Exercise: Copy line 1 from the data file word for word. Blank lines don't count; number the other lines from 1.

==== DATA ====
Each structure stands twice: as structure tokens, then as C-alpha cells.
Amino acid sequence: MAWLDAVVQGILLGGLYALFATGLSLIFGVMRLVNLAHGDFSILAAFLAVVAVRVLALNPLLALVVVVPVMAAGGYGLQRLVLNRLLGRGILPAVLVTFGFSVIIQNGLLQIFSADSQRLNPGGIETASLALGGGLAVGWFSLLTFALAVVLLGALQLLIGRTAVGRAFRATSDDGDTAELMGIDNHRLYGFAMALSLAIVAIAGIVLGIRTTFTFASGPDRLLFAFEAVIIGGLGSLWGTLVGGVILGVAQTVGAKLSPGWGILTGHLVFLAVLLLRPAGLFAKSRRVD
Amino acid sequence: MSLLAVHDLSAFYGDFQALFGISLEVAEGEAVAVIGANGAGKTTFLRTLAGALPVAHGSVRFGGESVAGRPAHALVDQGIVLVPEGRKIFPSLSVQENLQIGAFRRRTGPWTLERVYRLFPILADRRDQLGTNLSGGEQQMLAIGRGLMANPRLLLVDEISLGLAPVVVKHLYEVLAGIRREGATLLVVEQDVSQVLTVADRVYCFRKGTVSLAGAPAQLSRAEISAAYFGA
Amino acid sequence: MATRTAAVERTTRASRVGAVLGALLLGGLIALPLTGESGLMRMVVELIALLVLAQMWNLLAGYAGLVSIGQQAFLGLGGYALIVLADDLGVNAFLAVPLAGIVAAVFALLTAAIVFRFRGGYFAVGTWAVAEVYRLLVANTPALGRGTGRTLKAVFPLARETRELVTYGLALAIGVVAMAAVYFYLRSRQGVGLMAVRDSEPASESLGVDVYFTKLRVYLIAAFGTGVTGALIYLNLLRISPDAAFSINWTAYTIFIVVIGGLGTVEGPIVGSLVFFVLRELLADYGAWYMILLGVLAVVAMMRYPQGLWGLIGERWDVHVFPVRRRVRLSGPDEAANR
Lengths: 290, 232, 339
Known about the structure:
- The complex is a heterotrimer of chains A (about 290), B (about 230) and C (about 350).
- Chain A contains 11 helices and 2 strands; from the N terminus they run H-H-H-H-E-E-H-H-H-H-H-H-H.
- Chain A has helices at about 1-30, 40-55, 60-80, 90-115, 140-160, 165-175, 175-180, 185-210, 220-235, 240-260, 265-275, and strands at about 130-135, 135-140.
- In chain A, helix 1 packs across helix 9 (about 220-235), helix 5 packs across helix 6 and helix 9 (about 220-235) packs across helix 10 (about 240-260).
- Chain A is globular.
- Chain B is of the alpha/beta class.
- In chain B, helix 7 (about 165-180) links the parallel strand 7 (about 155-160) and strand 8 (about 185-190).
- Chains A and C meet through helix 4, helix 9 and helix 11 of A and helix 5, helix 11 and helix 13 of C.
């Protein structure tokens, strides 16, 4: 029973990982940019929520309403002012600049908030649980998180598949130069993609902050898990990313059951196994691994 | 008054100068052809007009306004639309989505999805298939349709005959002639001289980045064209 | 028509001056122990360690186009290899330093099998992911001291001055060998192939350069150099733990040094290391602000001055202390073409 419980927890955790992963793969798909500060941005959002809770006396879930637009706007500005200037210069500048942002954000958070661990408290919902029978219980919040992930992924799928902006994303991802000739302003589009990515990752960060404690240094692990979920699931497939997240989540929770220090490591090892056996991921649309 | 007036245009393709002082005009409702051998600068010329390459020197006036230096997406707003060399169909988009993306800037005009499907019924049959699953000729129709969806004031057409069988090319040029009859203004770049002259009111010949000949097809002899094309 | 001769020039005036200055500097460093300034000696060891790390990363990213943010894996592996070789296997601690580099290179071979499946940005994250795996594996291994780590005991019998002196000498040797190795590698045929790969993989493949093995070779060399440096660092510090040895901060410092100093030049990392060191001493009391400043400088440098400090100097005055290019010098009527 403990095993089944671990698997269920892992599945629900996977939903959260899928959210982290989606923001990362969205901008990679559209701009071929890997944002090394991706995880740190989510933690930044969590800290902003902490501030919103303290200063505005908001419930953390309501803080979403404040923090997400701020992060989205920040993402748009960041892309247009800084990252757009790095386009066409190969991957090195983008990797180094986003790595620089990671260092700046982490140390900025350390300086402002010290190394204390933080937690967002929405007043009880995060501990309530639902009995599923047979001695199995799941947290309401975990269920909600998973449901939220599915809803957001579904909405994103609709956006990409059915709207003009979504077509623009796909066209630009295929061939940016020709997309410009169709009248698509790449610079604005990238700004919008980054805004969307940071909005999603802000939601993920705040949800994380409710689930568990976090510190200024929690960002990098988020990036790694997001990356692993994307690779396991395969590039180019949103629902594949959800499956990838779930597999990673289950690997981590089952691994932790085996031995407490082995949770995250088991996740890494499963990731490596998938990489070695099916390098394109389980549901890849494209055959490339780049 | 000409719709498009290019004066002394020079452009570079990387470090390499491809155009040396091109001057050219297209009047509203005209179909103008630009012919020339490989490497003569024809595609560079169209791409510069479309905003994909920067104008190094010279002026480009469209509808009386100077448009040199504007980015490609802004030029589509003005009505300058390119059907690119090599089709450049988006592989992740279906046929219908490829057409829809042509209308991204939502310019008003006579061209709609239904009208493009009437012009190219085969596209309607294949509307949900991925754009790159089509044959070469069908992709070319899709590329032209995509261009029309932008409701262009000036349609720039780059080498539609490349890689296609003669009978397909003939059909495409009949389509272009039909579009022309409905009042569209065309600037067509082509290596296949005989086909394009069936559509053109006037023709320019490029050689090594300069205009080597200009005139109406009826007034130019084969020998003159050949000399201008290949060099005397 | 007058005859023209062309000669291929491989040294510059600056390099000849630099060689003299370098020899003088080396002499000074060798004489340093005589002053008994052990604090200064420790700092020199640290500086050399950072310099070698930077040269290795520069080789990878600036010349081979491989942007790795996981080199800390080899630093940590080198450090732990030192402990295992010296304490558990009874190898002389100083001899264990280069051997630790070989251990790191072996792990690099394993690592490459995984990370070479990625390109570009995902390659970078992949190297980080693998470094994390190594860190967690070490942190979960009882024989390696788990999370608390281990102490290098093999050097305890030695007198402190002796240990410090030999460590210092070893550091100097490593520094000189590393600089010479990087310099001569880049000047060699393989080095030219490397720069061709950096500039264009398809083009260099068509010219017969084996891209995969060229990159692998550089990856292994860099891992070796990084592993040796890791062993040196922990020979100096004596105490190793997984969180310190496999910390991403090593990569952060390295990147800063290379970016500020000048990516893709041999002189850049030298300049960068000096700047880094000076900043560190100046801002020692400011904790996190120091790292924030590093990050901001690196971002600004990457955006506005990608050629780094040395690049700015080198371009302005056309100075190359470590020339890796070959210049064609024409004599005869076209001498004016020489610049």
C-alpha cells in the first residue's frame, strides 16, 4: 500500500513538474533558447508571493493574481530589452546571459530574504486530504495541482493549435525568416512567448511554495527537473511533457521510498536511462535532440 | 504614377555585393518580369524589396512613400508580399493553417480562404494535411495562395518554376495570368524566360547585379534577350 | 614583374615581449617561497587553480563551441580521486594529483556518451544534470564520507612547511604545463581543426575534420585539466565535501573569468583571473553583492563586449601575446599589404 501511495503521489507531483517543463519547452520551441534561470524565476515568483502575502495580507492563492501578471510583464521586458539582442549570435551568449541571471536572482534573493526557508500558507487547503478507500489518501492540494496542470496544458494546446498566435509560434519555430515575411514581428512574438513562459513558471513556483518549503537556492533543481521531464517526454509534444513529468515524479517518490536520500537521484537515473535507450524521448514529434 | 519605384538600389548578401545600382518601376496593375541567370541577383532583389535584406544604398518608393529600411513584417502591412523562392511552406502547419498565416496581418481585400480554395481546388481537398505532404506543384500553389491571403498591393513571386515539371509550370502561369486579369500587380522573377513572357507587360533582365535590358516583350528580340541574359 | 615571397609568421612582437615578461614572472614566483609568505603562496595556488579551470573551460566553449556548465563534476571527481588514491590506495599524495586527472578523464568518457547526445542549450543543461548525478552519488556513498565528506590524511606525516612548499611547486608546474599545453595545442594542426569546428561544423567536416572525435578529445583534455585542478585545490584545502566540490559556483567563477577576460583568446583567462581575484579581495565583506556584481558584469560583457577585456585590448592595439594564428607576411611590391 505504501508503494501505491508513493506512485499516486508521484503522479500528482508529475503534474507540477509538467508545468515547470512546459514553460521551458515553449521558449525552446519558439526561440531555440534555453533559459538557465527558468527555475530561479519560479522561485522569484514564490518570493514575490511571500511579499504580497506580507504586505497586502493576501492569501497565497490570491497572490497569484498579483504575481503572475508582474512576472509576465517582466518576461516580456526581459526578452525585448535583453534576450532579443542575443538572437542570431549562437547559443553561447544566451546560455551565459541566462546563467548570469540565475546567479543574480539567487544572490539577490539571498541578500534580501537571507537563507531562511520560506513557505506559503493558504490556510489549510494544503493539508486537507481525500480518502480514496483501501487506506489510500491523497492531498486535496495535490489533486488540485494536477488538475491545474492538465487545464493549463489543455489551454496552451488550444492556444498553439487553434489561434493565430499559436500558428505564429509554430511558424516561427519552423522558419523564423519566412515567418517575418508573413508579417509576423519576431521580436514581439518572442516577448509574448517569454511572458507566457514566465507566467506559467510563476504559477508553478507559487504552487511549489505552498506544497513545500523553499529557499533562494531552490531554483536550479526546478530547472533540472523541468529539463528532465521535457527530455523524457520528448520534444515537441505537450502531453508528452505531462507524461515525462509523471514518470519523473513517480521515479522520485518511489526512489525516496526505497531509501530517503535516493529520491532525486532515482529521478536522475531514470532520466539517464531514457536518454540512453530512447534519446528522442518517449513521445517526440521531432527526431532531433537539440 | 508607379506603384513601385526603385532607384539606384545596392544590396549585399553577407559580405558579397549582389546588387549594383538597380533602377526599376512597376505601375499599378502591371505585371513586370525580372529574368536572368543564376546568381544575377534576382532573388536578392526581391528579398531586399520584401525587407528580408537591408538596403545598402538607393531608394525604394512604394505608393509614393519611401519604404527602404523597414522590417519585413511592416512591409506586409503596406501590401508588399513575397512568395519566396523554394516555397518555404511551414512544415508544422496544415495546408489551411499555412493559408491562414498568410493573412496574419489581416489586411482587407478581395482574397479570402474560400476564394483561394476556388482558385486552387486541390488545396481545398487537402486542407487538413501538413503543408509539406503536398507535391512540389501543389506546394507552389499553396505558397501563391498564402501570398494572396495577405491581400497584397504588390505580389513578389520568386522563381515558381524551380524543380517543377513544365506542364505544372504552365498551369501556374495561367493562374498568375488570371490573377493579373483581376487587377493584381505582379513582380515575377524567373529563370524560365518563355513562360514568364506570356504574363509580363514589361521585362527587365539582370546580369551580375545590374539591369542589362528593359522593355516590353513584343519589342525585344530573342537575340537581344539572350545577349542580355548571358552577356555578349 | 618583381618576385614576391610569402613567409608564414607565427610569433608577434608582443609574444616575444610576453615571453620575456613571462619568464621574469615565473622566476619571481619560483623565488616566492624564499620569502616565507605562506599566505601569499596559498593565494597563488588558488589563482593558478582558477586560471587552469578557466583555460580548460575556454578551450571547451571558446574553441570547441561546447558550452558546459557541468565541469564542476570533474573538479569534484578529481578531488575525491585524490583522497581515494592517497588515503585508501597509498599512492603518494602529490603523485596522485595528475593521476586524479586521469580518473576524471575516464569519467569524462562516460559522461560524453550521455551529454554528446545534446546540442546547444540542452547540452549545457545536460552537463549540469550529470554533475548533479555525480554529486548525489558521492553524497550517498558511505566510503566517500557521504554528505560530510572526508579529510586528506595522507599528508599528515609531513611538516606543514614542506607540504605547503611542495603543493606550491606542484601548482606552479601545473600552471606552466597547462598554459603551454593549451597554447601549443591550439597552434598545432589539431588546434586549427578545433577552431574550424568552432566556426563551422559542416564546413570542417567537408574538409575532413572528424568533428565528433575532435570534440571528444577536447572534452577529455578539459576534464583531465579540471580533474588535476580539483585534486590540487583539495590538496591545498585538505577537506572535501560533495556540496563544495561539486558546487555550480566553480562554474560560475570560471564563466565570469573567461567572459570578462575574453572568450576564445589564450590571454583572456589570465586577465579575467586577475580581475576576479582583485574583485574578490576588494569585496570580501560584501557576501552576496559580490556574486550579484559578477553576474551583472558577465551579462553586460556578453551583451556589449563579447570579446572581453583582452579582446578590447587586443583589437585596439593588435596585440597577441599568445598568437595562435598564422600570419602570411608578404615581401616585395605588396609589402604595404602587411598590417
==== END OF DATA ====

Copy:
Each structure stands twice: as structure tokens, then as C-alpha cells.